Sunday, January 29, 2012

The Other Guy's Bride by Connie Brockway (e-book)



It usually takes me 2 to 3 days to finish a book. This one took a day and a half. I pushed bedtime back so I could read a chapter; I woke up earlier to read another chapter; I risked getting carsick and read it while going out to get dinner. Why? Because I loved reading it so much and wanted to read some more!

Ginesse Braxton is a woman who knows what she wants and, right now, she wants to go back to Egypt and discover the lost city of Zerzura. And she also knows that no one will agree to accompany her on her expedition --

Ginesse has a sad history in Egypt. Her father is famous for his archeological achievements -- and Ginesse is infamous for all the mischief she has wreaked while growing up. The last bit being the (accidental) burning of some not-so-ancient papyrus, which resulted in her banishment to England.

But now she is on her back to Egypt -- and she has a plan.

She decides to impersonate her next-door cabin neighbor, Miss Whimpelhall, who is meeting her fiance, Colonel Lord Pomfrey, at Fort Gordon -- which is near the area she suspects Zerzura to be.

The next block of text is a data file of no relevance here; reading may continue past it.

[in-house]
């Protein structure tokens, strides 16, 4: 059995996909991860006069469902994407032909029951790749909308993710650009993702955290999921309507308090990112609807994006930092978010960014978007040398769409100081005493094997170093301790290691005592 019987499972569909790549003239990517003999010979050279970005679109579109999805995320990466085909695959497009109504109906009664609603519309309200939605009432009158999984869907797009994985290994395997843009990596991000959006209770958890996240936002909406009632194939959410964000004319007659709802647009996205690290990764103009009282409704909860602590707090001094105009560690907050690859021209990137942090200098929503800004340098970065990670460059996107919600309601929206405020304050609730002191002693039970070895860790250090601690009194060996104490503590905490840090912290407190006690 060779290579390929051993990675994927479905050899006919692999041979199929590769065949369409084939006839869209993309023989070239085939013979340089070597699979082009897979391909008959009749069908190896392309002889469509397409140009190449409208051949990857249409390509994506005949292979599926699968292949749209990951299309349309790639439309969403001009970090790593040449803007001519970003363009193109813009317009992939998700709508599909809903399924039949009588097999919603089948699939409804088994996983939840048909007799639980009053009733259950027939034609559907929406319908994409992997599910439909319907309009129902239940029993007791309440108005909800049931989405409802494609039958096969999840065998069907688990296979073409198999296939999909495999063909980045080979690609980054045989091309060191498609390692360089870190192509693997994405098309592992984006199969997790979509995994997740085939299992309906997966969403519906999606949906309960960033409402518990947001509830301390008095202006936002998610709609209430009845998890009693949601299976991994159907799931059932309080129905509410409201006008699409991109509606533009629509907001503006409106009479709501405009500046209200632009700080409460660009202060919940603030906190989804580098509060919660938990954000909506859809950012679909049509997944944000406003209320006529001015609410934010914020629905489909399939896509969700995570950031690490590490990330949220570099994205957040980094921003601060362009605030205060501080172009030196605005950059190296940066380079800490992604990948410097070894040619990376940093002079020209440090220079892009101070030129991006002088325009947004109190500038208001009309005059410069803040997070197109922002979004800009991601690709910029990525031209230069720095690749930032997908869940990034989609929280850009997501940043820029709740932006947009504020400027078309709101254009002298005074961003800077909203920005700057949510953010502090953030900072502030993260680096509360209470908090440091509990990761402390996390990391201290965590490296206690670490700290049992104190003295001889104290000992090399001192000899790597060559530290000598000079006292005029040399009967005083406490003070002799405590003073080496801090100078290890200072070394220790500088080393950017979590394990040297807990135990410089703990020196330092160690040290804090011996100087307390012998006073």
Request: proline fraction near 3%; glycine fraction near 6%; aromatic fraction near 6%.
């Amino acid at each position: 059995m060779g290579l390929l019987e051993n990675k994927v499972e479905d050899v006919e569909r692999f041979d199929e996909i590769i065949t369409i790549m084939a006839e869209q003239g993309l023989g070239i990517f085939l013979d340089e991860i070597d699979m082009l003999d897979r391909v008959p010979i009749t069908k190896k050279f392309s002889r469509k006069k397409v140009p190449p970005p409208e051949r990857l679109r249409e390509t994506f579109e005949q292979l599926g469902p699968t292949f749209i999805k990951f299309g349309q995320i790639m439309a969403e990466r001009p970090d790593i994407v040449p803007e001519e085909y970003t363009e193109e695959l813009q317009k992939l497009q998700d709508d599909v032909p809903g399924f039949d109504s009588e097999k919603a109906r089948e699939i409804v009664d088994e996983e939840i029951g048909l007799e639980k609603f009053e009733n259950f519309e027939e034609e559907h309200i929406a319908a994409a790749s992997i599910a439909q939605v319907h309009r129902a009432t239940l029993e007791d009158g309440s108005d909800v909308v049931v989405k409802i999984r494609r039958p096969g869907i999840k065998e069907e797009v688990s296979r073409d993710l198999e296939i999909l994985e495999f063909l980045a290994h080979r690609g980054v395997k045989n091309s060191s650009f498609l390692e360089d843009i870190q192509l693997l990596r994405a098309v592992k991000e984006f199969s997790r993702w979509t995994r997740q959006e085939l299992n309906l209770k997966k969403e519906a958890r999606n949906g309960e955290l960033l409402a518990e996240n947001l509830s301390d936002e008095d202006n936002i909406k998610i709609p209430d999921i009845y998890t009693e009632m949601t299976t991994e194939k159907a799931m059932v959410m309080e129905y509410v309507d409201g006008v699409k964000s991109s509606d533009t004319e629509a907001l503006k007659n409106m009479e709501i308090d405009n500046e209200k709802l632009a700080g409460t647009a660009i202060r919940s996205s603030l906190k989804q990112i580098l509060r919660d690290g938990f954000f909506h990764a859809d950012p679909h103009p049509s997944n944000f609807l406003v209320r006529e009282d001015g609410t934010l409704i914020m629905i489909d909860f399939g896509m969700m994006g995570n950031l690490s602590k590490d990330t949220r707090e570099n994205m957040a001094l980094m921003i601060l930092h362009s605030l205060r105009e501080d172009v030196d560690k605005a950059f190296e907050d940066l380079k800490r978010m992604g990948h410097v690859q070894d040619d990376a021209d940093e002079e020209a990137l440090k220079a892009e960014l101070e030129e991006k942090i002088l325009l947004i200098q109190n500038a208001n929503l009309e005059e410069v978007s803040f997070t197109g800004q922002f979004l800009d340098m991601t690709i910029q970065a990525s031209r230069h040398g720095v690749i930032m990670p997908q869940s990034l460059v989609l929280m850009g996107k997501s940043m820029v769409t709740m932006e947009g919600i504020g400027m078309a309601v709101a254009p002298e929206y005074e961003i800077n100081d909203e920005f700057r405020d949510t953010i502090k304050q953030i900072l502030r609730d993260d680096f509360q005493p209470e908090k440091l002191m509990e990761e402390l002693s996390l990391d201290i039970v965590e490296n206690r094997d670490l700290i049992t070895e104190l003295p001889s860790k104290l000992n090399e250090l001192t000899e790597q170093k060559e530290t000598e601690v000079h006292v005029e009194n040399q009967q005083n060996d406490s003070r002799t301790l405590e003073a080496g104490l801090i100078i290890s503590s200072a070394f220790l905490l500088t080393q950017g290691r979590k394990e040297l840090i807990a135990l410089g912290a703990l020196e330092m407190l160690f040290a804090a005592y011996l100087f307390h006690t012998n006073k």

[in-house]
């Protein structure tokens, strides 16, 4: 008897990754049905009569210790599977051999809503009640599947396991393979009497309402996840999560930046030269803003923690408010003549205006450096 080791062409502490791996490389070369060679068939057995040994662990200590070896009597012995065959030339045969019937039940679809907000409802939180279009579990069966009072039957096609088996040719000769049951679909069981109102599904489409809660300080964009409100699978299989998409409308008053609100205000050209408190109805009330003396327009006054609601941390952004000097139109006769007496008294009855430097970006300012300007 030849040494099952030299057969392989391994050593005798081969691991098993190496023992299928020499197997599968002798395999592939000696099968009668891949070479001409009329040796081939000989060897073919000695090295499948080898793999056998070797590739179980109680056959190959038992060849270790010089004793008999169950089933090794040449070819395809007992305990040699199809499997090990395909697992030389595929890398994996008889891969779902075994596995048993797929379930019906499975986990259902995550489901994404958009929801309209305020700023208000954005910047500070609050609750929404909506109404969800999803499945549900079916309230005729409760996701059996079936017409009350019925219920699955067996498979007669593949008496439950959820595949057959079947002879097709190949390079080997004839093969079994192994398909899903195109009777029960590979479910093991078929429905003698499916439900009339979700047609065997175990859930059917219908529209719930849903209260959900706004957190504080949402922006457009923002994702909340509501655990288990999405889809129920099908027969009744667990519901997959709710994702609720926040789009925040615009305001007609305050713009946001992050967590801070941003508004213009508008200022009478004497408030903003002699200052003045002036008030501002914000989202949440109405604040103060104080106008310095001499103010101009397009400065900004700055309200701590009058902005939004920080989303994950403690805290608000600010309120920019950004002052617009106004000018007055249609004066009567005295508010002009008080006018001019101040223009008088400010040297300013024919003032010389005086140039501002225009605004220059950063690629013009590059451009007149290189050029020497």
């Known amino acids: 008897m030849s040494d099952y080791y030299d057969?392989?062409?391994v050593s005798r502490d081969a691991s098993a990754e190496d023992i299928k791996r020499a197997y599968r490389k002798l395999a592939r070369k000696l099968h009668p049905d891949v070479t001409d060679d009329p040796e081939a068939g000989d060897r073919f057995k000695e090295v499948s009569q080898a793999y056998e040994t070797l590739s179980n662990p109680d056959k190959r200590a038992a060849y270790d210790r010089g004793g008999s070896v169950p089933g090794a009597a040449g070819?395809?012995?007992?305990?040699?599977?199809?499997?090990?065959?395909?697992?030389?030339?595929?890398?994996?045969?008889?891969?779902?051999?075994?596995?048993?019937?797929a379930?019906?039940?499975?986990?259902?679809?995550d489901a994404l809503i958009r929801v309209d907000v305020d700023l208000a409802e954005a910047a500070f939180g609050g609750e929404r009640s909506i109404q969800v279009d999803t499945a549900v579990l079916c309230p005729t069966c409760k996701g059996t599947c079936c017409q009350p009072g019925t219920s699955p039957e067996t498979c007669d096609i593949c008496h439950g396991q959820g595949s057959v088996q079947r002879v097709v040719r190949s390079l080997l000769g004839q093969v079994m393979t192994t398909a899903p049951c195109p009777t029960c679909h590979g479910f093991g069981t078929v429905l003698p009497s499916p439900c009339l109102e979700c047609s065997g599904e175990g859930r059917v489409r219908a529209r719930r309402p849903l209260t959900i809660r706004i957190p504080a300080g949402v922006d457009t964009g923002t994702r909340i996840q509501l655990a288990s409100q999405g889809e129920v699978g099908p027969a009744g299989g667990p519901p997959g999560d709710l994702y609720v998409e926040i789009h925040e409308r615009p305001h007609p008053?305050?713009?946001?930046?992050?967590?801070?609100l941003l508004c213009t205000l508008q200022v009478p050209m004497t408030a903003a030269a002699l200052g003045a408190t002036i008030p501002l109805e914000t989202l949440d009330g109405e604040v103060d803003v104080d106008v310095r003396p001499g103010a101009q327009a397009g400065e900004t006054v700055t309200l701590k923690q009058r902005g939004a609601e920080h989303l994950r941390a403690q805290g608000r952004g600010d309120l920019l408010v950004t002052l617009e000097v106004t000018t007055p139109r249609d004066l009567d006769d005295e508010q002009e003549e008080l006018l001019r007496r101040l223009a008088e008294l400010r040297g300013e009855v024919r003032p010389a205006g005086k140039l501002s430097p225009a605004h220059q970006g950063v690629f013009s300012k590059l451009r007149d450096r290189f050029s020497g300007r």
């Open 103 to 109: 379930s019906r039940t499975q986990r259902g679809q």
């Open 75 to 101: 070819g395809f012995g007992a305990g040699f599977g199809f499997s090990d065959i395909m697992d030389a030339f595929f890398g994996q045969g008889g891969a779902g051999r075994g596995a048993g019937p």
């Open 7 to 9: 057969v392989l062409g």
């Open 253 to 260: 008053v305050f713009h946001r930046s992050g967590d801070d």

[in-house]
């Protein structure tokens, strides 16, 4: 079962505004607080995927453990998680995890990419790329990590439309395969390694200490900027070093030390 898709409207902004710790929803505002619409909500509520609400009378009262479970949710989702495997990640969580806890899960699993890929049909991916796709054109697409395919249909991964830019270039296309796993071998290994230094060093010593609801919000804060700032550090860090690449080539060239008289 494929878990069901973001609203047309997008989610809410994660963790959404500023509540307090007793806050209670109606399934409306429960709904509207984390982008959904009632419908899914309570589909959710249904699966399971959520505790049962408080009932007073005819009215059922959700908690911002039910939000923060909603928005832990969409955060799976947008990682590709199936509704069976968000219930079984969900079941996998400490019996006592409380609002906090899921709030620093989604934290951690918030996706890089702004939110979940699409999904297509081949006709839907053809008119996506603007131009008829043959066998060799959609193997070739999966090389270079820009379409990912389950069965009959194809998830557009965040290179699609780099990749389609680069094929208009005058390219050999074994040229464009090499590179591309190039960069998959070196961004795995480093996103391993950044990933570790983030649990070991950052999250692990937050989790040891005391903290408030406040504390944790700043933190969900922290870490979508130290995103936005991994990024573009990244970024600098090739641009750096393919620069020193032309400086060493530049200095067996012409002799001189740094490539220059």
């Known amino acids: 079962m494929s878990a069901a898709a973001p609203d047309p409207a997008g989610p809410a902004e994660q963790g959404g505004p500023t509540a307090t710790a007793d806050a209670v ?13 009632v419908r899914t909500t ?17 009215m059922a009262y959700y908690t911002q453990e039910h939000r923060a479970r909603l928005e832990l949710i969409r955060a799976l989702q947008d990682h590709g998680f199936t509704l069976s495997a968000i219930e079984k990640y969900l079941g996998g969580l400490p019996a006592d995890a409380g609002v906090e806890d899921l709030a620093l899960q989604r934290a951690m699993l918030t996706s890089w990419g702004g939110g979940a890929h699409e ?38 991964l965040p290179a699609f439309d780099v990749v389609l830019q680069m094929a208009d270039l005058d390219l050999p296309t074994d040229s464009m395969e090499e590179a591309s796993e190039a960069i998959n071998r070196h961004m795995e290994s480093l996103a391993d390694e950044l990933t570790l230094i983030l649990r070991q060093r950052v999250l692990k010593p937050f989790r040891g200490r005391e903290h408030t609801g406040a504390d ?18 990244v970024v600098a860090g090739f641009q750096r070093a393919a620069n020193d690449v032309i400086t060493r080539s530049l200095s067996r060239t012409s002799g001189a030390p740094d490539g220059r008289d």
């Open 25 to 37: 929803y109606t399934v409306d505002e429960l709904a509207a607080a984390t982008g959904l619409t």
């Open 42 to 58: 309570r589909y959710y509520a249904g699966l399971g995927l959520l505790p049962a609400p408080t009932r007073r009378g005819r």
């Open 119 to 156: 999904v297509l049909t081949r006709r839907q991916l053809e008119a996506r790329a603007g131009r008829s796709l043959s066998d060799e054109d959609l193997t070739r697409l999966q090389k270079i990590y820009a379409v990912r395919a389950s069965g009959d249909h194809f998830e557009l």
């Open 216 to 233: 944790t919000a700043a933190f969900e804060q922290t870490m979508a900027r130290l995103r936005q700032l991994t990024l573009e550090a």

What she does not expect is the man sent by Colonel Lord Pomfrey to meet "her" --

Jim Owens doesn't like Colonel Lord Pomfrey and doesn't like the assignment he gave him -- and is determined to not like Miss Whimpelhall.

What he does not expect is to feel an instant attraction to the woman who steps off the boat --

And so the adventure begins.

Jim knows he is a man of honor -- and wants desperately to be that man -- but he can't keep himself from liking, and falling in love with another man's bride-to-be.

Ginesse thought Zerzura was her all. Then she meets Jim and realizes that there might be something more to life than her archeological aspirations.

This was a well-planned, well-plotted and well-written story. It is the kind of romance novel that I have not encountered in a long time -- epic in its adventure with a nice mix of humor and heart. The supporting character have dimension and wonderful stories.

I have one small niggle: I did not understand why, in Chapter 21, when Ginesse had the opportunity to reveal her true identity, she did not. Instead she continued with her masquerade as Miss Whimpelhall. But the succeeding chapters manage to tie that decision up nicely with the rest of the story.

This is a sequel to As You Desire, which is Ginesse's parents story.

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